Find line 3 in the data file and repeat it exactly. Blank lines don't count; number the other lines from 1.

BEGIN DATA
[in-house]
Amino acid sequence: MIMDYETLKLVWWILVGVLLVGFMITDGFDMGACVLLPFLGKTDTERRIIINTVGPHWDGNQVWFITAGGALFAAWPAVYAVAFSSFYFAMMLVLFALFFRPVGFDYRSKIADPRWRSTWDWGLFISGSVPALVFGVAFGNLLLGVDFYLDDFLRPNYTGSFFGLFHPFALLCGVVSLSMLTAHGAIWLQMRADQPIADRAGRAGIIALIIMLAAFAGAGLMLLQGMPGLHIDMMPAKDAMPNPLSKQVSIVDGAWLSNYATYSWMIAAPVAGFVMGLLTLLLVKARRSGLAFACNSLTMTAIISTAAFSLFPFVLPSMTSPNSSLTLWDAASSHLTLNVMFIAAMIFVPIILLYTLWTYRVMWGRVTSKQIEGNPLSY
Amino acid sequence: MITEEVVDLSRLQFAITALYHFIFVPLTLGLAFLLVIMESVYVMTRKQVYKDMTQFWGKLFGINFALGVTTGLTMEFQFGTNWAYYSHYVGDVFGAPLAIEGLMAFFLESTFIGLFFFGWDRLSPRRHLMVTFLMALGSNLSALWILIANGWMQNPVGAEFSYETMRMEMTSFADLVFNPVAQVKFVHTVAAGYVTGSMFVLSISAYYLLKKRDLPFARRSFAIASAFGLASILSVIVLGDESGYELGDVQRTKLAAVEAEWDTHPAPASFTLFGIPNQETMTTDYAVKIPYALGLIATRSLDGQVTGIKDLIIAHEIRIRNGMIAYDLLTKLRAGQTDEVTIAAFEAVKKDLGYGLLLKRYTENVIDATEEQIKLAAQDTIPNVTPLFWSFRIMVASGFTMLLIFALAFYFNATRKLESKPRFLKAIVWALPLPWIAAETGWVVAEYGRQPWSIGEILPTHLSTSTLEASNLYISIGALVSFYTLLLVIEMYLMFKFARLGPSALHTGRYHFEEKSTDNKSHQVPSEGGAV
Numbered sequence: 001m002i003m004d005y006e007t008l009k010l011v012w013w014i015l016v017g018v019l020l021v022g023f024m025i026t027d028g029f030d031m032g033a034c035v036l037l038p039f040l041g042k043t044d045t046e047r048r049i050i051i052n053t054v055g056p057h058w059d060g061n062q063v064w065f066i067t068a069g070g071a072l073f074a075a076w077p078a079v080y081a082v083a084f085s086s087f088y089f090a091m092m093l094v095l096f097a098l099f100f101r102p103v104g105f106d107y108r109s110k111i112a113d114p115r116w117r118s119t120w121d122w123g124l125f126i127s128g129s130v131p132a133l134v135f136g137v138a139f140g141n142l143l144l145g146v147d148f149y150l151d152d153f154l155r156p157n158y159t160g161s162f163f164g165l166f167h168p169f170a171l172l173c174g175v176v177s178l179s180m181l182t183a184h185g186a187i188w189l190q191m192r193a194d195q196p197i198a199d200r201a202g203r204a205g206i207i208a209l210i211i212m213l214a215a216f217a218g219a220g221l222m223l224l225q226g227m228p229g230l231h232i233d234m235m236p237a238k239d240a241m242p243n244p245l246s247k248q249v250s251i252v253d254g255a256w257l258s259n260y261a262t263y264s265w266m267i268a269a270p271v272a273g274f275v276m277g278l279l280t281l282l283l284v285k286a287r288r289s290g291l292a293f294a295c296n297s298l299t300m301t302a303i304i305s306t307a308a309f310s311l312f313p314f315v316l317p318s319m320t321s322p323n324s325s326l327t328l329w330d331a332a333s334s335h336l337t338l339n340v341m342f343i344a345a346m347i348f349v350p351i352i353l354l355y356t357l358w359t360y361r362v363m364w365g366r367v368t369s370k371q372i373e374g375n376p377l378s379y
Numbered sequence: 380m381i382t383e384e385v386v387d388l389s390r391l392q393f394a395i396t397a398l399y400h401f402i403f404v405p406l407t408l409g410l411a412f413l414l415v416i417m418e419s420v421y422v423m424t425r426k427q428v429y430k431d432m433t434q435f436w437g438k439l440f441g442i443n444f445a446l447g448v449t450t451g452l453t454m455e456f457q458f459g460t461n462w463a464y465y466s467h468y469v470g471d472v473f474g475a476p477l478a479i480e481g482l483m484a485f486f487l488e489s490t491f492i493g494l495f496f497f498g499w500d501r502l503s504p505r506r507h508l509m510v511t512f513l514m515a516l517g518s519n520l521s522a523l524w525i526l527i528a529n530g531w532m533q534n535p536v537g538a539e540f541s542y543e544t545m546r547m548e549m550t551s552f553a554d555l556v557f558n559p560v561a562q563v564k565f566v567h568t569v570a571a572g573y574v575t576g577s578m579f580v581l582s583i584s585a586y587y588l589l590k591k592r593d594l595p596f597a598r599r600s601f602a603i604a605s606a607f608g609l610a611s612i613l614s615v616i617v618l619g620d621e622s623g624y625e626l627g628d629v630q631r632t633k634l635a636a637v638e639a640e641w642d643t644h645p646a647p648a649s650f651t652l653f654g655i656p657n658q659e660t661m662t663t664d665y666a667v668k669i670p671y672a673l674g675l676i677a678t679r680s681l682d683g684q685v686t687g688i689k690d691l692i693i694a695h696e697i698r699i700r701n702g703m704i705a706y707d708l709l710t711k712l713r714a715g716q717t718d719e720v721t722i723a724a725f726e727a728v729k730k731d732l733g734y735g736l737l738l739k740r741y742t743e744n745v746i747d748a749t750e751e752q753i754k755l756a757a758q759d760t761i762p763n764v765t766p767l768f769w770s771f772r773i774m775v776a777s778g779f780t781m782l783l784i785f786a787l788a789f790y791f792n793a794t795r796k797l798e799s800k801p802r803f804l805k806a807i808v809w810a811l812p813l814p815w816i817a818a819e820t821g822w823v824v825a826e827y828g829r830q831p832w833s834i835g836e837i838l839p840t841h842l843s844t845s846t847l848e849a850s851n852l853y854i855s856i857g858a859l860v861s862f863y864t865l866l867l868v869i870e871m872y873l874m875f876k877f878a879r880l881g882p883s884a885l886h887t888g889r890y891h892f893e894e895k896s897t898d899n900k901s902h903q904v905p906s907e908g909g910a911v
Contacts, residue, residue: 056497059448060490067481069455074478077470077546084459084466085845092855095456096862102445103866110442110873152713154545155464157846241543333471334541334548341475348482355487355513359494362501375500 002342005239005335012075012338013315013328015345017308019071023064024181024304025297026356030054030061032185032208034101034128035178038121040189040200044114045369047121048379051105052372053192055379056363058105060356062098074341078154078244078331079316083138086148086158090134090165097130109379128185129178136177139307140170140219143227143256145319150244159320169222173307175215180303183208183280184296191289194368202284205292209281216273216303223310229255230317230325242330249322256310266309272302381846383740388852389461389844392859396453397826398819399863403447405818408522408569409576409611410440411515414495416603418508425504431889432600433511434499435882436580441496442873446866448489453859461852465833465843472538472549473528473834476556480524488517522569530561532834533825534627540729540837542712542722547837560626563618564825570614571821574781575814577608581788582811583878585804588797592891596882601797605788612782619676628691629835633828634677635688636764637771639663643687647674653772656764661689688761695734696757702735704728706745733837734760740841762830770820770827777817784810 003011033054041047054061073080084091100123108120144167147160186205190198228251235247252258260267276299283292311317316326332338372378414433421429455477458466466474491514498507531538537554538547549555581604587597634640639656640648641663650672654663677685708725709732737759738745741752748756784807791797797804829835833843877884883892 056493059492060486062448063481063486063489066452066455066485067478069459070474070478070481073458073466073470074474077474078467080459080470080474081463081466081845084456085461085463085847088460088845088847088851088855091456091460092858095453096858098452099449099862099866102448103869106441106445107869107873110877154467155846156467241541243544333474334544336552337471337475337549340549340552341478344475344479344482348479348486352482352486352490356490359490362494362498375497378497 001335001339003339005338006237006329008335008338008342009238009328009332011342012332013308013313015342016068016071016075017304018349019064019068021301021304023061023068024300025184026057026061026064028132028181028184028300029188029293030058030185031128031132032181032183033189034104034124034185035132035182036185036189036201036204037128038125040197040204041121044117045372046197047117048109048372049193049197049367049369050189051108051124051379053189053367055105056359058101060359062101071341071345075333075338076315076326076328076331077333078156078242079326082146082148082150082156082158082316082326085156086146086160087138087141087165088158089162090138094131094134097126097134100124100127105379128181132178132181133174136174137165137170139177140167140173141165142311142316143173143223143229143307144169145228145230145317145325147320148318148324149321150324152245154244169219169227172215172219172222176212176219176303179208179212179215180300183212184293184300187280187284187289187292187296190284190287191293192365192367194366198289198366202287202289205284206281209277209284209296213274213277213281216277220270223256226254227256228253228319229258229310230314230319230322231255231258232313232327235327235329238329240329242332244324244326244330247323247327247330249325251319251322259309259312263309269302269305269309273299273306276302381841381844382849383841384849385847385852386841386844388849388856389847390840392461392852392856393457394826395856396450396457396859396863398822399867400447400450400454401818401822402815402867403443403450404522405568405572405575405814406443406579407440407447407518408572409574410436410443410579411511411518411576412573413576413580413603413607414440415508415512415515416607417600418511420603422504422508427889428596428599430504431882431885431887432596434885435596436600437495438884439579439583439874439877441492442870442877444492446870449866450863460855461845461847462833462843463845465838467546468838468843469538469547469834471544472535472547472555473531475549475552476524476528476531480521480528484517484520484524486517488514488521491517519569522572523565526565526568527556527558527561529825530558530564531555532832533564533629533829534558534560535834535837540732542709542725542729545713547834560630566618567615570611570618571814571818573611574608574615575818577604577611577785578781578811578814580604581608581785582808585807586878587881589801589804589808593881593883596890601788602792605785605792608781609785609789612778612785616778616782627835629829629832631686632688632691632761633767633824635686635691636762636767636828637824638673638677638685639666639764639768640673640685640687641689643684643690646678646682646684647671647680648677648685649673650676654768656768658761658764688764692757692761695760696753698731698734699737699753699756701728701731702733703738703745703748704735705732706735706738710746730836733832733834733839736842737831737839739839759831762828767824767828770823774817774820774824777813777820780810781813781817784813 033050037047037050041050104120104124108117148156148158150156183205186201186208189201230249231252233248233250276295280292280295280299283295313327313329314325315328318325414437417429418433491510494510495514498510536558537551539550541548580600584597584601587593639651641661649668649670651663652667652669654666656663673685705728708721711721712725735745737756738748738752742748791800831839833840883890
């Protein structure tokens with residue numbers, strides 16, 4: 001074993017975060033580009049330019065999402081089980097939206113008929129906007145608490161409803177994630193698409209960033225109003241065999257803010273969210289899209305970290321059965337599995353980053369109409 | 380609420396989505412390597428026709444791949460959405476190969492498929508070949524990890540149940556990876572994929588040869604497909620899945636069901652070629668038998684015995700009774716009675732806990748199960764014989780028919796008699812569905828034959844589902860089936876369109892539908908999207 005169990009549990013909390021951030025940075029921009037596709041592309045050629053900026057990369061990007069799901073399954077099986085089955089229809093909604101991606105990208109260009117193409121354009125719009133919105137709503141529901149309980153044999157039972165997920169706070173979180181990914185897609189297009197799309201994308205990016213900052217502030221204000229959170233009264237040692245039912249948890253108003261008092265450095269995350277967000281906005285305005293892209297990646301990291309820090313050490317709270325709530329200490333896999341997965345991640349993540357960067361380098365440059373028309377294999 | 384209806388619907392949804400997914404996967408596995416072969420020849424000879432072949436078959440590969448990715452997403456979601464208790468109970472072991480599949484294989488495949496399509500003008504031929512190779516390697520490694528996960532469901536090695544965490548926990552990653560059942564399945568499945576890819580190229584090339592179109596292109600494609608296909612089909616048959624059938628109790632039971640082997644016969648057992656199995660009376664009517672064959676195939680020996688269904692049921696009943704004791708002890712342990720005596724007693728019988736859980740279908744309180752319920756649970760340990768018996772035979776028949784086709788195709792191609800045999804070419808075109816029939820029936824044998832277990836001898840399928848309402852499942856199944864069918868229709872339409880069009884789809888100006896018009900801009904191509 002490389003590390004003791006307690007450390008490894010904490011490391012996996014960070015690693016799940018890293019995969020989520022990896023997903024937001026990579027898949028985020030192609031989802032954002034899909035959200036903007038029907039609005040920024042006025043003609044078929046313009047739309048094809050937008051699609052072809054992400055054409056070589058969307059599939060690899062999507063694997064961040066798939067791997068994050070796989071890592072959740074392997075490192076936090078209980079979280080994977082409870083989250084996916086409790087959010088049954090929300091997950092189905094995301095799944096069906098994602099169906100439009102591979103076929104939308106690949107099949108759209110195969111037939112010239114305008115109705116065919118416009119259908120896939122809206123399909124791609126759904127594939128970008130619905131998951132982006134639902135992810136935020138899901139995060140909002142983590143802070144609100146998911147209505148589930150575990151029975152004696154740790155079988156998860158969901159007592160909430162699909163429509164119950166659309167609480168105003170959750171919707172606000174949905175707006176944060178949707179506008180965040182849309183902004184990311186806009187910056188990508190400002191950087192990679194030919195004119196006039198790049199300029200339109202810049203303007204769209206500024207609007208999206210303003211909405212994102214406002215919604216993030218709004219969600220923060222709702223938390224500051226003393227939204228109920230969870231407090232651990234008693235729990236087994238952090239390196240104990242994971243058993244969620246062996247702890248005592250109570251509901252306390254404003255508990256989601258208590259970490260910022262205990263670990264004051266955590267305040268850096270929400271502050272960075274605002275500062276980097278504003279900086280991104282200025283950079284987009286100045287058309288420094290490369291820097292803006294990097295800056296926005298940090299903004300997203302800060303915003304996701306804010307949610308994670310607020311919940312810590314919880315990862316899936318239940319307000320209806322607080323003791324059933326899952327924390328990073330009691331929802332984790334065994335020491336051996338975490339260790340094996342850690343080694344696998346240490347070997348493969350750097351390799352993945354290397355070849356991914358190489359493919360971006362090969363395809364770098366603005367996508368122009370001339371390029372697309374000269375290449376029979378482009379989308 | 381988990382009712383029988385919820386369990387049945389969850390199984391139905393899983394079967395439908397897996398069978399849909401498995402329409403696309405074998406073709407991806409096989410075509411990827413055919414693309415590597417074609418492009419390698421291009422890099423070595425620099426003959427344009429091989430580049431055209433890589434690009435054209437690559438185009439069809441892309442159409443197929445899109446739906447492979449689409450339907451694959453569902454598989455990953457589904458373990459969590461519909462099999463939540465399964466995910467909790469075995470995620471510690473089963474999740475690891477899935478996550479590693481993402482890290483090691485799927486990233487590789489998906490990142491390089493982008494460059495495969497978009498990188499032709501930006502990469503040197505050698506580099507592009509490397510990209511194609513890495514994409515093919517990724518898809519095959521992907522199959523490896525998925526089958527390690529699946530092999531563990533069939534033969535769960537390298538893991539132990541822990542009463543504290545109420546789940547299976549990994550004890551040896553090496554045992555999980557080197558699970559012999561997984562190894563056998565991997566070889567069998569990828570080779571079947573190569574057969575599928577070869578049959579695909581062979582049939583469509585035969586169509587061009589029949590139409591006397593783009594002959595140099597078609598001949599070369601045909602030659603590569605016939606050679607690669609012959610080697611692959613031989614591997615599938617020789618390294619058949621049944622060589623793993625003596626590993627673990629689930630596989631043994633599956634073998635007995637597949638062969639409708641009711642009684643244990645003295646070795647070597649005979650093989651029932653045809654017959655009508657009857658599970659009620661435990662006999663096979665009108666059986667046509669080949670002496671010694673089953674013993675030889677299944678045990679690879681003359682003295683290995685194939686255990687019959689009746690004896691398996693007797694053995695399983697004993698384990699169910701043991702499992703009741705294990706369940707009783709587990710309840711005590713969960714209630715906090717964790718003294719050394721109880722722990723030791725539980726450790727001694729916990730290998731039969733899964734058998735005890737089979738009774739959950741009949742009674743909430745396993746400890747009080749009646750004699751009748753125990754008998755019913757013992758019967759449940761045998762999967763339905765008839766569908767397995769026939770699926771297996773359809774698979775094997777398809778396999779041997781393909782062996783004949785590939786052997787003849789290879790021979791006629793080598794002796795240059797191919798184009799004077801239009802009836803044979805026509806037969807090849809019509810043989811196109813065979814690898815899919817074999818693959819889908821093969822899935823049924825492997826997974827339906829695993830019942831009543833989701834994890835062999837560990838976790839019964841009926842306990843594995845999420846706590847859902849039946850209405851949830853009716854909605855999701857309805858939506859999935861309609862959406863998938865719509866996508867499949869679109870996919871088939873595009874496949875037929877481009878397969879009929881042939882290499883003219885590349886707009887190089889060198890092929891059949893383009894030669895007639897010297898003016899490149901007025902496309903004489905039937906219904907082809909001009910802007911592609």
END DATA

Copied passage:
Amino acid sequence: MITEEVVDLSRLQFAITALYHFIFVPLTLGLAFLLVIMESVYVMTRKQVYKDMTQFWGKLFGINFALGVTTGLTMEFQFGTNWAYYSHYVGDVFGAPLAIEGLMAFFLESTFIGLFFFGWDRLSPRRHLMVTFLMALGSNLSALWILIANGWMQNPVGAEFSYETMRMEMTSFADLVFNPVAQVKFVHTVAAGYVTGSMFVLSISAYYLLKKRDLPFARRSFAIASAFGLASILSVIVLGDESGYELGDVQRTKLAAVEAEWDTHPAPASFTLFGIPNQETMTTDYAVKIPYALGLIATRSLDGQVTGIKDLIIAHEIRIRNGMIAYDLLTKLRAGQTDEVTIAAFEAVKKDLGYGLLLKRYTENVIDATEEQIKLAAQDTIPNVTPLFWSFRIMVASGFTMLLIFALAFYFNATRKLESKPRFLKAIVWALPLPWIAAETGWVVAEYGRQPWSIGEILPTHLSTSTLEASNLYISIGALVSFYTLLLVIEMYLMFKFARLGPSALHTGRYHFEEKSTDNKSHQVPSEGGAV